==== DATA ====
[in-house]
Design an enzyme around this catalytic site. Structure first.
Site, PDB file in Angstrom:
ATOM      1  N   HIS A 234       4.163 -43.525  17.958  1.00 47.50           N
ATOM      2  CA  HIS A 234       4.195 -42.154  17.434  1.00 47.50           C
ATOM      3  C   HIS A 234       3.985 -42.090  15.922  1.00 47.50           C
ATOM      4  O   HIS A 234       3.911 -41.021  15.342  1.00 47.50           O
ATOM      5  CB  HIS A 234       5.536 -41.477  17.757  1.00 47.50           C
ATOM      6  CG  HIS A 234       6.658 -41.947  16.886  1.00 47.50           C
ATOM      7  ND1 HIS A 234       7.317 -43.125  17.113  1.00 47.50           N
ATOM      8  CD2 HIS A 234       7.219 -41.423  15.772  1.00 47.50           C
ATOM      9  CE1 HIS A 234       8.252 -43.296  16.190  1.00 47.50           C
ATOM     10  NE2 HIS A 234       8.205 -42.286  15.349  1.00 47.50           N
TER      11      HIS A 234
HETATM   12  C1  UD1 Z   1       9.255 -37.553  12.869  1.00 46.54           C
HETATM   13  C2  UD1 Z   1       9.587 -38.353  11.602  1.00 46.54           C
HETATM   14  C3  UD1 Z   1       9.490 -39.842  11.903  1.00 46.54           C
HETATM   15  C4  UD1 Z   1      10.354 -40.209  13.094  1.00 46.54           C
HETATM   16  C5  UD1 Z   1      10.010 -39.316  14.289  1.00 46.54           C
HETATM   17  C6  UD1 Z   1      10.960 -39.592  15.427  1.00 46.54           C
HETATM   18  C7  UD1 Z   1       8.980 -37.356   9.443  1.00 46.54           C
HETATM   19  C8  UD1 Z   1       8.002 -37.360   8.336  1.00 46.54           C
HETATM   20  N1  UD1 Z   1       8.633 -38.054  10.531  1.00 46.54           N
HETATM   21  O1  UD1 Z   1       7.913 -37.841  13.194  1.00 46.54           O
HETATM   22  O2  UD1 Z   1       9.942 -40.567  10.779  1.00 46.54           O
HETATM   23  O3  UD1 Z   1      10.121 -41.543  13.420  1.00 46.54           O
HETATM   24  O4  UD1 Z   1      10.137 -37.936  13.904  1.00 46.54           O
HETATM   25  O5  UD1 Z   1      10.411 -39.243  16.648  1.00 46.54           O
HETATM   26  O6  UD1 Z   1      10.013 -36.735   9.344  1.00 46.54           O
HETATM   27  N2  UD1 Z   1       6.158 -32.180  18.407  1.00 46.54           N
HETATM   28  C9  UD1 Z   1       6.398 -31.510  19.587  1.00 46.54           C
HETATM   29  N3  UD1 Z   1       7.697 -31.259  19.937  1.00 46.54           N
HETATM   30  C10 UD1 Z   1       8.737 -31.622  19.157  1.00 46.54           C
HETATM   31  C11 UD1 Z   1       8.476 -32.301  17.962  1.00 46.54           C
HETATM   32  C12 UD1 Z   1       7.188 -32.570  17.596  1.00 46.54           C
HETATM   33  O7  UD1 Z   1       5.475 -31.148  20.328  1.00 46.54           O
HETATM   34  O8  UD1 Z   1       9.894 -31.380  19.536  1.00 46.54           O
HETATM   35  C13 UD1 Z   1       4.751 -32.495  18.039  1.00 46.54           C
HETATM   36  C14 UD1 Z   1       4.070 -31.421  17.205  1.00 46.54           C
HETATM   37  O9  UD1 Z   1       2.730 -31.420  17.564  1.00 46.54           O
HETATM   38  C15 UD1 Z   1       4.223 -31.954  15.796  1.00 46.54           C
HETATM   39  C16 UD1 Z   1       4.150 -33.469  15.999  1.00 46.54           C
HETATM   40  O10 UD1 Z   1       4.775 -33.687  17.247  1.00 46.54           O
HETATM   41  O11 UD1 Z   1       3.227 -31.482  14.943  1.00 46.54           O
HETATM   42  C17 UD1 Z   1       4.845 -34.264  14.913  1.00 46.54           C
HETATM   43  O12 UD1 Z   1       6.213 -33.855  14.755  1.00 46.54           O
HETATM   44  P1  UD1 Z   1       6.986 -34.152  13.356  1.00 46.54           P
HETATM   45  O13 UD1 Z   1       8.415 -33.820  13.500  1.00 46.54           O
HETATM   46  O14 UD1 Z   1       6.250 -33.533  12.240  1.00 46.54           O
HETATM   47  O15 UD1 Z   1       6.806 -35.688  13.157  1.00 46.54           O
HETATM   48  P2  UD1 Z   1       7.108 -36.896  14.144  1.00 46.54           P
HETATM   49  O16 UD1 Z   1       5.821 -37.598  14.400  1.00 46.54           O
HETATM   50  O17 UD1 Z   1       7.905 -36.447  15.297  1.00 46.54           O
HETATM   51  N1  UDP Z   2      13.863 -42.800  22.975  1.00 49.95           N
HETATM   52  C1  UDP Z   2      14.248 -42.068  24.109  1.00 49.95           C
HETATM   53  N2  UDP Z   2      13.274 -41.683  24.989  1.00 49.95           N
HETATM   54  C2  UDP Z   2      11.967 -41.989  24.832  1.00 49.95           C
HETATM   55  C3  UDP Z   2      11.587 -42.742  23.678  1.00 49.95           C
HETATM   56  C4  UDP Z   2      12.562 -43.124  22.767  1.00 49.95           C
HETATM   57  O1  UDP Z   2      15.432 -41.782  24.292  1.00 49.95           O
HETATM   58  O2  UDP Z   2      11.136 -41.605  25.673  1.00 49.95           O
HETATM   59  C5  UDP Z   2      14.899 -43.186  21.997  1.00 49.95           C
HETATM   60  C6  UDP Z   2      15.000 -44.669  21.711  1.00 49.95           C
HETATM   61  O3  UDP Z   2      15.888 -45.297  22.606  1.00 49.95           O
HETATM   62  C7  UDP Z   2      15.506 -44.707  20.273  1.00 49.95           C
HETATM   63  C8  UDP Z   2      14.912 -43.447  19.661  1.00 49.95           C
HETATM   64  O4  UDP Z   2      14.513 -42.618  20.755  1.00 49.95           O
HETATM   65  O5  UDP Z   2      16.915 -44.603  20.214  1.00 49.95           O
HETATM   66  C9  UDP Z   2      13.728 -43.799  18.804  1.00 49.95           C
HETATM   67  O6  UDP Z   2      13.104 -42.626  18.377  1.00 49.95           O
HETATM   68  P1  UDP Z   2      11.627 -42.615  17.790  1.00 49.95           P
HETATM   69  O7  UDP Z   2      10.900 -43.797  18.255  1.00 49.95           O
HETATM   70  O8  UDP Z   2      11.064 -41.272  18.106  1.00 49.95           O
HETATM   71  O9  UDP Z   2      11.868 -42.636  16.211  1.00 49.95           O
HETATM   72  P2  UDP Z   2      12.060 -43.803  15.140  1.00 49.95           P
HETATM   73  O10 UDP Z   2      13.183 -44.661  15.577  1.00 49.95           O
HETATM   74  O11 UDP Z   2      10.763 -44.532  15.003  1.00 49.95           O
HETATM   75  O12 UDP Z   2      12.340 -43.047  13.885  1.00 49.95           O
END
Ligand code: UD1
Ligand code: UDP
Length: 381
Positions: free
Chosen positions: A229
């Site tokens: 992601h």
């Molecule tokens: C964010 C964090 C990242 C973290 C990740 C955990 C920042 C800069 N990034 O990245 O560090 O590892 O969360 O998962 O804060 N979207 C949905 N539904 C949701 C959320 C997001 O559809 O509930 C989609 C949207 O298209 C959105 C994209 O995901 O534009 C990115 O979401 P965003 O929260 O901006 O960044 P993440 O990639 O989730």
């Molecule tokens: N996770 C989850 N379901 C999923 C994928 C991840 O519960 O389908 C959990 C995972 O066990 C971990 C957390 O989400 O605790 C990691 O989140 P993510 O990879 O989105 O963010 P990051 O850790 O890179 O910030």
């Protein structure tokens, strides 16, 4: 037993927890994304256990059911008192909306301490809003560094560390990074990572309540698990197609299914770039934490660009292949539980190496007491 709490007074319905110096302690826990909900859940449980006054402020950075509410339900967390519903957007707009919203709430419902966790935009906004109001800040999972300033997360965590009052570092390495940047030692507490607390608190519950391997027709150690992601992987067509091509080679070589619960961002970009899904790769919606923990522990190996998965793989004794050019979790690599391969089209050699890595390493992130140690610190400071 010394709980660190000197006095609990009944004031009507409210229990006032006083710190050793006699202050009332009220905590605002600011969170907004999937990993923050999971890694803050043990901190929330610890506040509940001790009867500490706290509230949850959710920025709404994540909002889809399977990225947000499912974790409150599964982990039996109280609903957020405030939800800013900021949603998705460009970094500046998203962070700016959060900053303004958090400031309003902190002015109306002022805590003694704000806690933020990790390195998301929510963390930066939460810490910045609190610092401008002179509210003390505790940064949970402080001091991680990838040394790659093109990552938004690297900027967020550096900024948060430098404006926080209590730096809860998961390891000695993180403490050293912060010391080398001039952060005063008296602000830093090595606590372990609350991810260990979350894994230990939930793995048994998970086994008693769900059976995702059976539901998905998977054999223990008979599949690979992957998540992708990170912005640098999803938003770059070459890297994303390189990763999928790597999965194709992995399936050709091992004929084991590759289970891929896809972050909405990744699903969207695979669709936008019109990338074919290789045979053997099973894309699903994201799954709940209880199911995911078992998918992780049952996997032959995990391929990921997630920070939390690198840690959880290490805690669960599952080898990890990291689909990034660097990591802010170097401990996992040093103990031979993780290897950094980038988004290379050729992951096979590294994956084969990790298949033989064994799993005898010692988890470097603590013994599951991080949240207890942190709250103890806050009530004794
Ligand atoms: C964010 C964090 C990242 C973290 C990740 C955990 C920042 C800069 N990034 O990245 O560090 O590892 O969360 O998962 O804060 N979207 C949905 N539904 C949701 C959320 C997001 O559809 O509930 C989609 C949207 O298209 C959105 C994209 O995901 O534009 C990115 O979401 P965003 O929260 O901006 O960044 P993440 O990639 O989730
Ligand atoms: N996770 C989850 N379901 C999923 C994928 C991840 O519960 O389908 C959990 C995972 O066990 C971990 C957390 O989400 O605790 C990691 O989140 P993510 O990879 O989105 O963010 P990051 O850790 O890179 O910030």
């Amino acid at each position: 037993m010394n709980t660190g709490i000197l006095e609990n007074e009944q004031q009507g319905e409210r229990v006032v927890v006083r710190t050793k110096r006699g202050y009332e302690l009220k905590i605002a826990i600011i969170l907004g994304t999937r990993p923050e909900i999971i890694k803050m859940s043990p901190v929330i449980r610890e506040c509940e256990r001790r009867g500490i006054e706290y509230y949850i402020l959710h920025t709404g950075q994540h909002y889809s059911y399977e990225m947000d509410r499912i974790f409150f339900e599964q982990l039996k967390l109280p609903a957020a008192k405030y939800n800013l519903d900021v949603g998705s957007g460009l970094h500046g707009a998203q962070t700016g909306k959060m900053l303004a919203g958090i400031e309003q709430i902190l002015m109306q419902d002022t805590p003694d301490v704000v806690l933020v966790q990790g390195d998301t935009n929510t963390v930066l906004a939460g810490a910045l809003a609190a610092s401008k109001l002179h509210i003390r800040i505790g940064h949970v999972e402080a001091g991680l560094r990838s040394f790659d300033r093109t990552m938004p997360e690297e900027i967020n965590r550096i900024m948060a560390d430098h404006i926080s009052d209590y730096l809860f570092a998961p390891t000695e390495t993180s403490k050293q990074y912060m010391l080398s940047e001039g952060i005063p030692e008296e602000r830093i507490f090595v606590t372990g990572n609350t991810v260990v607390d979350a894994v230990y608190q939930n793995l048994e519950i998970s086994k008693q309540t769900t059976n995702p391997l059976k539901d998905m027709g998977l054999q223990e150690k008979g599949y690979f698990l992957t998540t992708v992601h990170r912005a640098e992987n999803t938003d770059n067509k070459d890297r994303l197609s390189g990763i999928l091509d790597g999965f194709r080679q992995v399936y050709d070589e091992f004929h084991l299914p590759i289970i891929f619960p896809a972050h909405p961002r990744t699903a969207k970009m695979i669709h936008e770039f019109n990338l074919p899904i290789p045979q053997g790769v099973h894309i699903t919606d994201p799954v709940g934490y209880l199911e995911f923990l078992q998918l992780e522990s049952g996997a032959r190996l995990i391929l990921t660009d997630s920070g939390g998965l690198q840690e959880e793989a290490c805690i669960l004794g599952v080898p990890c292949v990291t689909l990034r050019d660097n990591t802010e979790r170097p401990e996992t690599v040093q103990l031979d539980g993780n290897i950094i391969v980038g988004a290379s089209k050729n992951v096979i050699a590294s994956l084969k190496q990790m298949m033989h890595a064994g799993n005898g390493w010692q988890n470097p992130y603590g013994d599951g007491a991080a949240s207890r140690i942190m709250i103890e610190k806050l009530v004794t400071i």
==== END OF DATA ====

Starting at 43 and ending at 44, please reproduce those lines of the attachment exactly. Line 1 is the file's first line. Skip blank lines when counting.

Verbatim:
HETATM   40  O10 UD1 Z   1       4.775 -33.687  17.247  1.00 46.54           O
HETATM   41  O11 UD1 Z   1       3.227 -31.482  14.943  1.00 46.54           O